I mean, I'm trying to put it back into my context because I don't think of it so deeply when it comes to just general sort of social justice issues. But there are some you could take.


We could take one example like let's say a Holocaust denier, like was invited to speak by some student group at a college. And then there's like a protest and they shout him down or something. Would you be like, you know, yeah, cool. That seems fine. Or would you be like this is a violation of not legal free speech rights, but like this is the kind of thing that like against the spirit of the liberal marketplace of ideas, I think I would lean towards the latter.


But the the practical effects have a lot to do with why I feel that way, which is to say it does matter to me that I think doing so is shutting them down in that way really hurts whatever cause you're trying to you're trying to work against. And I think it I think it ultimately is better. And I was thinking about it from the perspective of with the with the X Muslim just just to put myself in a position where I have skin in the game.


There are there are speakers who, you know, there's a there's a this imam or something like that. There's a religious leader in Australia who once every once in a while says things like apostates from Islam don't have the right to life. They don't have the right to exist. And I think we should you know, Muslim majority countries should be getting rid of these people. But by that, he means killing. Yeah. And that I think how would I feel if this person were to come on campus and were to speak and what would I feel?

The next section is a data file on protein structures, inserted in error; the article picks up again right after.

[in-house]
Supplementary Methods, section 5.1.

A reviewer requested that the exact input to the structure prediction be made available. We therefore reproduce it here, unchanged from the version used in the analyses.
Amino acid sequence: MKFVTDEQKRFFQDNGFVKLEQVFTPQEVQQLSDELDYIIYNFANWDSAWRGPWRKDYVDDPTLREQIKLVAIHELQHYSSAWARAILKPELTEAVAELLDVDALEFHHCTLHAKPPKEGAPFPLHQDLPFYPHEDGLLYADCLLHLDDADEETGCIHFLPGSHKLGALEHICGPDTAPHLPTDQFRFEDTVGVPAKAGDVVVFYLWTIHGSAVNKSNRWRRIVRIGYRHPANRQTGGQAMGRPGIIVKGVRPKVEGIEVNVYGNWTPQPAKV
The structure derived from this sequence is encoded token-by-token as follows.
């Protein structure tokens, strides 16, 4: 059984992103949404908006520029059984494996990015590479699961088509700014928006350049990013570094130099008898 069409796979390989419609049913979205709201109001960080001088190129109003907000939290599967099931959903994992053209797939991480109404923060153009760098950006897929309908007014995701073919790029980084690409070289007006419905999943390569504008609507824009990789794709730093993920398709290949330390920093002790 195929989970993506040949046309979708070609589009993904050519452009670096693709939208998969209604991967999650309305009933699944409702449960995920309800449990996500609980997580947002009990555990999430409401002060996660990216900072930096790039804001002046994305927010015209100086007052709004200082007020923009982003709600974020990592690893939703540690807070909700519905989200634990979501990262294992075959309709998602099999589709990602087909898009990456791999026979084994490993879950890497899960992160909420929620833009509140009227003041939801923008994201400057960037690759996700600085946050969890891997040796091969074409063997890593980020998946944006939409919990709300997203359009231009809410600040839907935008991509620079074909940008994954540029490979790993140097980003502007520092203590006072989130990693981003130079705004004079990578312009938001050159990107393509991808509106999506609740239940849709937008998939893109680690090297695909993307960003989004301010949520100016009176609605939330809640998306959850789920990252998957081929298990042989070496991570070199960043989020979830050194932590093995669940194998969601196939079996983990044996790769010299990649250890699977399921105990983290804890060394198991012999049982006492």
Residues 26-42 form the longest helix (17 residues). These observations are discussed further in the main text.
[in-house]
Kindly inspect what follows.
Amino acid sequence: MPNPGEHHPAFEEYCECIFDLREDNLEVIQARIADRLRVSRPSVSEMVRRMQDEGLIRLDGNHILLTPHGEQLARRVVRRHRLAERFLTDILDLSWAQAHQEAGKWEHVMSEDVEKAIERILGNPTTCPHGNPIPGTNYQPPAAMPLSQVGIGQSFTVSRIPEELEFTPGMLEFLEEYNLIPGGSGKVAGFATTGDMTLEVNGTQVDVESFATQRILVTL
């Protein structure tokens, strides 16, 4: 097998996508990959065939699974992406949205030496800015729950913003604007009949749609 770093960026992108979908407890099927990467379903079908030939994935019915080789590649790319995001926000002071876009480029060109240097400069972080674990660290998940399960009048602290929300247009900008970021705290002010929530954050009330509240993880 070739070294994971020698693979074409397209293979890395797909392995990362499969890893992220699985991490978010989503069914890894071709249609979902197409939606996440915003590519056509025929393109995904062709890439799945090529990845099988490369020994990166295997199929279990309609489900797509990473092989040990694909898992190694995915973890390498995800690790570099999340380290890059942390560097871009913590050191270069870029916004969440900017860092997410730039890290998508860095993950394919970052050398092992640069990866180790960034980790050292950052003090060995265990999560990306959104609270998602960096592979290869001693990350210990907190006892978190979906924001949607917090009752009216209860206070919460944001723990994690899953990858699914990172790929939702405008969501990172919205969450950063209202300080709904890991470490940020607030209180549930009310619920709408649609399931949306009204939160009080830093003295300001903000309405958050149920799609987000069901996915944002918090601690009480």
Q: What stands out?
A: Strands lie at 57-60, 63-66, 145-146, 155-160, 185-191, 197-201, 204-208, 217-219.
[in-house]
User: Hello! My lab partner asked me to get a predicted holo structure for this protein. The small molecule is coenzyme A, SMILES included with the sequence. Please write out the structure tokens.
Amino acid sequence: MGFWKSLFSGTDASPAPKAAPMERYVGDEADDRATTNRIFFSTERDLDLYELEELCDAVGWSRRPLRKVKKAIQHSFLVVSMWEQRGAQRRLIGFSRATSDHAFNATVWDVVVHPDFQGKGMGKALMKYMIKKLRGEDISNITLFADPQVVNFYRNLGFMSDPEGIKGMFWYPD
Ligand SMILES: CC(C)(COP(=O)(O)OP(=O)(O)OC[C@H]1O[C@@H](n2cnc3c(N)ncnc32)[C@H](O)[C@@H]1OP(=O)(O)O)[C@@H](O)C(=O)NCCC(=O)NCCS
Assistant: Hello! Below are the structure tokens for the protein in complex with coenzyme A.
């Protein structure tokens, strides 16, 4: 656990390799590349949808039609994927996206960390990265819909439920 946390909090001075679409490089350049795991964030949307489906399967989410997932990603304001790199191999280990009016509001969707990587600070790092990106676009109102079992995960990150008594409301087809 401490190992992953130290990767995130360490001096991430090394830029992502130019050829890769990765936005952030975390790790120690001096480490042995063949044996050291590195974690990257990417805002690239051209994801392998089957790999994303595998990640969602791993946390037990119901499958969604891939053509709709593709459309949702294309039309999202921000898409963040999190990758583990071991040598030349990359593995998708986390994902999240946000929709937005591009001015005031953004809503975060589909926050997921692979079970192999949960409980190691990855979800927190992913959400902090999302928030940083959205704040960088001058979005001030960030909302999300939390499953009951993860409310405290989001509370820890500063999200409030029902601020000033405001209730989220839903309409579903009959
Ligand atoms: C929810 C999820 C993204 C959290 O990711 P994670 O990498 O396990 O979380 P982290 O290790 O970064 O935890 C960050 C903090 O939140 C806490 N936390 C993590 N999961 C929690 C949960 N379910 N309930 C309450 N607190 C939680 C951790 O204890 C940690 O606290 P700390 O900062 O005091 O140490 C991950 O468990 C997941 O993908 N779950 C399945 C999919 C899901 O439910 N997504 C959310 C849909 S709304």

You know, how comfortable would I feel with shouting him down? And even in that case, I guess I don't feel comfortable shouting him down because I'm I'm concerned that that we fall into this trap of we haven't heard this view here is the same thing as saying we haven't heard that people aren't hearing this view, period. And I'm concerned with what you can call radicalization in the religious context. But you really you can apply that to a lot of other areas and you can apply to social justice activism where people find refuge in these online spaces and they'll find new gurus to teach them, you know, the right way of thinking since all these, you know, social justice warriors are just so awful.


They're just trying to get you to, you know, to have power over you and to stop you from doing X, Y, Z. I think they're the victim complex victimizing to the extent that it can be that it is real, really, really works in their favor and really helps them spread their views. I was I have, you know, younger family members, some of whom are in college, and I try to have conversations with them about what's going on, you know, on campus and how are things going.


And and I find so many of of the young men are really like really are deep and true followers of people like Jordan Peterson. And maybe, you know, maybe he's not I'm not trying to paint him as just this awful guy or anything. I don't really like to be completely honest, have never got gone through one whole Jordan Peterson video. I tried to get through most of his book, and I'm almost done with it. But it doesn't sound like a strong endorsement.